Your efforts have made an impact! Our campaign in May to gather and deliver more than 80,000 public signatures has caught the eye of the legislature, particularly the Senate, which has included an outside section in the budget establishing a commission to recommend nurse to patient ratios in acute care hospitals. While far from ideal, this language represents a move forward in our effort to create regulations to mandate RN to patient ratios and opens the door in coming weeks to further movement on this issue. Our legislative staff is working hard on Beacon Hill and is evaluating our options. We may soon be calling upon the membership for active support in the coming days….STAY TUNED FOR FURTHER UPDATES AND ACTION ALERTS…AND KEEP HOPE ALIVE! YOUR ACTIVISM IS MAKING A DIFFERENCE!
Senate Budget Includes Outside Section Establishing Commission To Recommend Legislation on Nurse-to-Patient Ratios
MNA Acknowledges Efforts to Address Issue of Regulating RN to Patient Ratios in Hospitals. Senate Initiative Follows Release of New England Journal of Medicine Study Demonstrating Poor RN Staffing Harms Hospital Patients and Delivery of More than 80,000 Public Signatures on Petitions in Favor of Regulating Ratios Now
The Massachusetts Nurses Association is pleased that the state senate has focused attention on the issue of nurse staffing levels in Massachusetts hospitals by including an outside section (Section 78) that calls for a "special commission on nurse staffing levels to study, evaluate and generate recommendations regarding nursing staff-to-patient ratios at acute care hospitals. However, the MNA, which has filed legislation that is pending in the legislature to actually establish registered nurse-to-patient ratios in all health care settings, is concerned that the Commission, by merely calling for study and recommendations on the issue, fails to provide meaningful resolution to the nurse staffing crisis.
"We are pleased that the efforts of nurses and patients to raise awareness of this issue have convinced the legislature to take a step forward and open the door to regulating registered nurse to patient ratios," said Karen Higgins, President of the MNA and an ICU nurse at Boston Medical Center. "We hope to use this opportunity to work with members of the legislature to craft language to provide a resolution to the nursing crisis."
According to Higgins and the MNA, inadequate staffing conditions in Massachusetts hospitals have led to a dramatic deterioration in the quality and safety of patient care, and have forced thousands of nurses to leave the bedside for fear of practicing under current conditions. In response to this issue, the state of California has passed a bill similar to that proposed by the MNA, and this year will implement regulations mandating minimum registered nurse-to-patient ratios.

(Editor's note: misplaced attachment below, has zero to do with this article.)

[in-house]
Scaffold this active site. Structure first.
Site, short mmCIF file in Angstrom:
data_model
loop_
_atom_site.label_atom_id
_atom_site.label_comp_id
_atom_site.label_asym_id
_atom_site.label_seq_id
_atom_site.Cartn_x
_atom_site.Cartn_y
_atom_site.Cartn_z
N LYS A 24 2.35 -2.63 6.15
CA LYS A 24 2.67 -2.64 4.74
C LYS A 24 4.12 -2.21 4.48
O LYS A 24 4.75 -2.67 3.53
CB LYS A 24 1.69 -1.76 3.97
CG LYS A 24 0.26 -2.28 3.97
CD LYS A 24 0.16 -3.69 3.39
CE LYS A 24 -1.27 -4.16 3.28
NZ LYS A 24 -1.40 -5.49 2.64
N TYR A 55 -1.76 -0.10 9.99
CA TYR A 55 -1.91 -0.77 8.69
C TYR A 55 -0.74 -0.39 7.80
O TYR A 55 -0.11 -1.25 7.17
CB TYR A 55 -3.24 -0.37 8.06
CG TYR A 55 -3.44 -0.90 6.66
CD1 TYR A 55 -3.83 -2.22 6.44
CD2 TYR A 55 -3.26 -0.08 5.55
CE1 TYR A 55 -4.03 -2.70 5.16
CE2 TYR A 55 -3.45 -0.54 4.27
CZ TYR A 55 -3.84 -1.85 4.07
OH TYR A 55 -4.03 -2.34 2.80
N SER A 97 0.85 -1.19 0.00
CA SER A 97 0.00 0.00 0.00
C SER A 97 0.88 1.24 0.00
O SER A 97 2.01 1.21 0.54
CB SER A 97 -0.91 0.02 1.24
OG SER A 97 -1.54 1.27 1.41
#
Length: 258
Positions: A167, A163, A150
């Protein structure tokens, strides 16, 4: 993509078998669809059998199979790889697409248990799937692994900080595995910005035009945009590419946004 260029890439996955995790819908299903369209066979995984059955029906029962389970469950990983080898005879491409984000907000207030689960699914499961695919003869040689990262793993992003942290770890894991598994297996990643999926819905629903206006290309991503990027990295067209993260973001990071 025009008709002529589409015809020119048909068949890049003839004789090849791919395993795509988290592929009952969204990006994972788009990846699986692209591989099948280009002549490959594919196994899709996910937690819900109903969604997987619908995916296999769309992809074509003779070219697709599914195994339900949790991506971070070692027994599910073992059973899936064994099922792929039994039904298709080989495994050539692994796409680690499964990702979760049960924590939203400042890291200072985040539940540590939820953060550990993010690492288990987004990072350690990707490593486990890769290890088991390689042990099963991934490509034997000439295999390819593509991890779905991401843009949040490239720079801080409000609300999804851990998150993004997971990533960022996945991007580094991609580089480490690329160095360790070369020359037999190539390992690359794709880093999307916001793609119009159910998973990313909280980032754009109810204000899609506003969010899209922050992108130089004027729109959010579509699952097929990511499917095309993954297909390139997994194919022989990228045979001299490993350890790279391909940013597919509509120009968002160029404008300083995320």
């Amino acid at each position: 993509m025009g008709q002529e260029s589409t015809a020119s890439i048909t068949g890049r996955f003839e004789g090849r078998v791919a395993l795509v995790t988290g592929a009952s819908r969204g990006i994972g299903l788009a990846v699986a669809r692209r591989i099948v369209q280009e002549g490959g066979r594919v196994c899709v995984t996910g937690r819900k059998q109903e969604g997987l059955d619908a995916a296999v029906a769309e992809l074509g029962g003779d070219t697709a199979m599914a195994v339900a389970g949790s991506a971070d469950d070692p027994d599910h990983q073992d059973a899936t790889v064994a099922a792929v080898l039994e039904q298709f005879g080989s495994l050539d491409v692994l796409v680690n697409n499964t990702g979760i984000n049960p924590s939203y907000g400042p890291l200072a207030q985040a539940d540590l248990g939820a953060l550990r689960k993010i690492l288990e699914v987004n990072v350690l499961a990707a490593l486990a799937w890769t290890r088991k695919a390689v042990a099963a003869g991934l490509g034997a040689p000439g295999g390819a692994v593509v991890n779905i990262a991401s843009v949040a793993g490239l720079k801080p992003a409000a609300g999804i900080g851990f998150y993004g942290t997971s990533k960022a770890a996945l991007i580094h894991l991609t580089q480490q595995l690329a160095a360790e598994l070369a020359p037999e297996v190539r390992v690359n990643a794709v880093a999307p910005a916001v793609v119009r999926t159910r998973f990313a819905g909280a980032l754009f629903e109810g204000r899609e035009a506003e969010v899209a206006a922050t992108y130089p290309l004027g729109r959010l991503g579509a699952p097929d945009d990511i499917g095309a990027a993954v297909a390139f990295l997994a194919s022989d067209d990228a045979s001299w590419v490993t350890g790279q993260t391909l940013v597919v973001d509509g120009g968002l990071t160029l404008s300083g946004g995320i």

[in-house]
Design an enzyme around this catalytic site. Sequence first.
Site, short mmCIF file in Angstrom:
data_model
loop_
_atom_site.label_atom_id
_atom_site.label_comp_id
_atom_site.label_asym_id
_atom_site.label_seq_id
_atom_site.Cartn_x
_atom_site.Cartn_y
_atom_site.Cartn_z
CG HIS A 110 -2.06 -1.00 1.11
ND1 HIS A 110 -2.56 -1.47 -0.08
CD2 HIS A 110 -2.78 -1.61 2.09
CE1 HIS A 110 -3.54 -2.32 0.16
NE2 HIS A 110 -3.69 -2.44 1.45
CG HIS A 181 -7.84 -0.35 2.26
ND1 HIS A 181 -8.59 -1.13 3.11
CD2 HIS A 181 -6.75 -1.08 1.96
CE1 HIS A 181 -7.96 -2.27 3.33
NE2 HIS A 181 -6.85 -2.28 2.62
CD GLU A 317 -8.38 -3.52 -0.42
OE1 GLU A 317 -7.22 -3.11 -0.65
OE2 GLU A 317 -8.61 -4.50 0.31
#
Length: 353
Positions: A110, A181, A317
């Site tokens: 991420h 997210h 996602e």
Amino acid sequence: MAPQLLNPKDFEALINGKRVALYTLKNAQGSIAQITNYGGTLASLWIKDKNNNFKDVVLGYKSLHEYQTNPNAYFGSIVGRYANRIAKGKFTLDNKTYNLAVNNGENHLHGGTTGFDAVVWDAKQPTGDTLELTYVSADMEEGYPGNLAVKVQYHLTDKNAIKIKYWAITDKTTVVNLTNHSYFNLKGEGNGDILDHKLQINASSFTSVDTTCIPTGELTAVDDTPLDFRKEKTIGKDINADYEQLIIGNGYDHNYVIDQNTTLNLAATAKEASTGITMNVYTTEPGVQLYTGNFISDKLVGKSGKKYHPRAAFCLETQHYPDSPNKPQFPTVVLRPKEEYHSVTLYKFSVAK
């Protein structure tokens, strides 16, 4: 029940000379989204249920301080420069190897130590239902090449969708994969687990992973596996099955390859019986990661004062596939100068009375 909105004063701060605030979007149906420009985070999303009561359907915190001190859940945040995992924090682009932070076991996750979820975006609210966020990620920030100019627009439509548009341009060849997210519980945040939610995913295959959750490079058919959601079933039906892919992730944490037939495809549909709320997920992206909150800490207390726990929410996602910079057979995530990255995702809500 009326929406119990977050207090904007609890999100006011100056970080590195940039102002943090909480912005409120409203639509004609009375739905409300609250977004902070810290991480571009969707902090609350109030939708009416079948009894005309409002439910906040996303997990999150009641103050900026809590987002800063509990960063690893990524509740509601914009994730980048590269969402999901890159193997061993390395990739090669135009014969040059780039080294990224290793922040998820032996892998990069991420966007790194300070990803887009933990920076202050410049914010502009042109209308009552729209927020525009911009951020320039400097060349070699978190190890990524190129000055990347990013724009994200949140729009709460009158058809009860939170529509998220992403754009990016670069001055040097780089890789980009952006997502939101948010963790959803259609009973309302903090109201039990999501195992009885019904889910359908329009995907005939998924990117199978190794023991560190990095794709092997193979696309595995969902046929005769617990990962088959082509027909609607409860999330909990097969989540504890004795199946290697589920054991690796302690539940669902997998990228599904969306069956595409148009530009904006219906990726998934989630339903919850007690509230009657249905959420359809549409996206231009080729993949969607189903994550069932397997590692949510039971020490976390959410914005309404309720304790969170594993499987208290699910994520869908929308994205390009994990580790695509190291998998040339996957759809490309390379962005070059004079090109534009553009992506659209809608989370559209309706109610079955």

The inclusion of the language in the Senate budget falls on the heels of the release last week of a groundbreaking study in the New England Journal of Medicine, which found that the number and mix of registered nurses in a hospital have a direct impact on the outcome of patient health. It also follows the delivery last month of more than 80,000 public signatures, gathered in less than 10 days by nurses across the Commonwealth, in support of HB 1186, Quality Patient Care/Safe Staffing legislation that would create a commission to actually establish registered nurse-to-patient ratios in Massachusetts health care settings.
The study published in the May 30th edition of the Journal included hospital discharge data for more than six million patients, financial reports and hospital staffing surveys from 799 hospitals in eleven states including Massachusetts. These data were analyzed to determine staffing levels of registered nurses (RN), licensed practicing/vocational nurses (LPN/LVN) and aides, and to measure the frequency of a wide range of complications that patients developed during their hospital stay.
Of the hospital inpatient nursing personnel studied, the study found that registered nurse staffing makes the biggest impact on patient outcomes. The researchers found relationships between nurse staffing and six adverse patient outcomes—urinary tract infections, pneumonia, shock and cardiac arrest, upper gastrointestinal bleeding, failure to rescue, and length of hospital stay—in medical and major surgery patients treated in hospitals. They found higher RN staffing was associated with a 3 to 12 percent reduction in these adverse outcomes and higher staffing at all levels of nursing was associated with a 2 to 25 percent reduction in these adverse outcomes.
For years, the MNA has been raising concerns about the negative impact of dramatic cutbacks in nurse staffing levels at Massachusetts health care facilities. Nurses have claimed these staffing reductions have resulted in a rapid deterioration in nurses’ working conditions, contributed to a dramatic shortage of nurses, and placed patients in jeopardy. In the last decade, nurses’ patient assignments have doubled and sometimes tripled. When nurses should be caring for no more than 4 or 5 patients, today they are often expected to care for 7, 8, 9 or even 12 patients.
"When nurses have too many patients, they have less time to spend with patients, they are rushed through their duties, they become fatigued and they lose their ability to adequately monitor and evaluate their patient’s condition. When nurses have too many patients, mistakes become more likely and the quality of care slips, as the Journal’s study confirms," Higgins explained.